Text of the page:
But this weekend the Green Dad Cleaning Blitz continued with a dramatic discovery at long last. Can you guess what was inside the wardrobe?

I half expected to see Tilda Swinton in her white witch regalia offering me some Turkish Delight (she did once offer me a piece of her Crunchie at the cinema) but all I got was a spider and some tubs of turpentine.

The cupboard is now a useful storage space and enabled some reasonable tidying of the shed, with a car boot load of curiosities taken to the recycling depot. The shed actually feels spacious - plenty of room for three of my four bikes and a friend’s bike. We’ve also added a huge plastic trunk containing some of Toddler’s sixteen billion toys. This will help de-clutter the house and can be produced later in the year to almost certain shrieks of joy at the rediscovery of forgotten goodies. My mum tells me this trick, I mean technique, was used on me and my three siblings to great effect.

There will have to be a second phase of shed rehabilitation as the area Beyond The Wardrobe is still like a bomb site but already Wife Features says she can see me in there with everything neatly shelved and curtains on the window. It doesn’t have a window but hey, I could put one in! And get some lighting into it. Maybe even a wee heater, an old armchair and my turntable. Uh-oh. I really am thinking about this too much.

Will I become one of those dads who has been called in from the shed several times when it’s teatime? Part of me hopes so!

Meantime good news on the allotment front. The tattie diggers of Nairn are apparently ready to roll with diggers to revive the waste ground at the bottom of our street. There’s a wee waiting list for a plot but a fiver will secure our place. One of the best fivers I’ll spend, I bet.

One of my favourite childhood memories is from about 1985. I remember being in the garden of my Papa’s council house where he was lifting tatties and passing them to my Gran in the kitchen. She peeled, chopped and fried them, wrapped them in newspaper and handed them to me. In the space of a few minutes I had watched the creation of that most magical Scottish experience: a poke of chips.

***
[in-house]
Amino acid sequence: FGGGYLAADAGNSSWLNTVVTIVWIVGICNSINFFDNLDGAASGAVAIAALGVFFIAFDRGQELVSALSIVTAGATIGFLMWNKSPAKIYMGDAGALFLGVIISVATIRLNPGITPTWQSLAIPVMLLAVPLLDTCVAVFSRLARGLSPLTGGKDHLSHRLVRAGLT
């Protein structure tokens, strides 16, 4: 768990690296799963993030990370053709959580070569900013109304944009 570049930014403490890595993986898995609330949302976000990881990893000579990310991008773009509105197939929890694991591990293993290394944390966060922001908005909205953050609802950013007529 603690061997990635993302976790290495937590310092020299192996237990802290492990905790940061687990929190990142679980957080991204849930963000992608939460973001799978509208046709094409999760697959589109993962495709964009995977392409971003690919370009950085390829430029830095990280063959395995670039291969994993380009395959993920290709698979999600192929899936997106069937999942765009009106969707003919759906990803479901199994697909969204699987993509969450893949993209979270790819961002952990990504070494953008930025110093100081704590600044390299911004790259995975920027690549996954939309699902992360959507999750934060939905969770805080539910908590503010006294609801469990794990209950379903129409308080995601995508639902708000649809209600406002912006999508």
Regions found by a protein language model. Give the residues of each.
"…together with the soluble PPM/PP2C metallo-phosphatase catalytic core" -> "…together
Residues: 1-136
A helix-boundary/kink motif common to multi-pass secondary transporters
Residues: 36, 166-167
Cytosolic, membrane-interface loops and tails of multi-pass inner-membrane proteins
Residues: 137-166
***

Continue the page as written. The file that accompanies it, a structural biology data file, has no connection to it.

Maybe Toddler Who Must Be Obeyed will enjoy a similar experience. The only question remaining: how do I wean her off tomato ketchup and onto brown sauce?

Monday, 10 January 2011

The Order Of Things

It dawned on me this morning at breakfast that our toddler will in the blink of an eye be a teenager. I do not exaggerate.   
Today’s genteel start to a Monday with us both slowly chewing Weetabix with Radio 3 on in the background has every chance of being replaced quite soon with Radio 1 (or worse, Capital/Real/Magic - whatever generic commercial pap has taken over MFR in fifteen years) and Pop Tarts.

My mornings will be sullied.

I am a delicate flower but I am happy to ‘park’ such serenity for a couple of decades in return for the joys of dad-hood.

Top brain boffin Oliver James has some interesting thoughts on maintaining some decorum about the house.

In short it seems if you’re a rubbish parent with a messy house your weans will turn out to be right terrors. But how do you achieve the parental nirvana of loving attention and tidy living space? James suggests dads should do more chores.

This may explain my current whirlwind of de-cluttering and dusting. The recent thinning of the DVD collection has been followed by the dismantling and hiding of baby’s changing table and the near-napalming of mummy and daddy’s bedroom.

Oh my God were Wife Features’ words on entering her boudoir this evening, genuinely amazed at being able to see surfaces. Two years’ worth of accumulated receipts, packaging from baby goods and crumpled clothes were whisked away.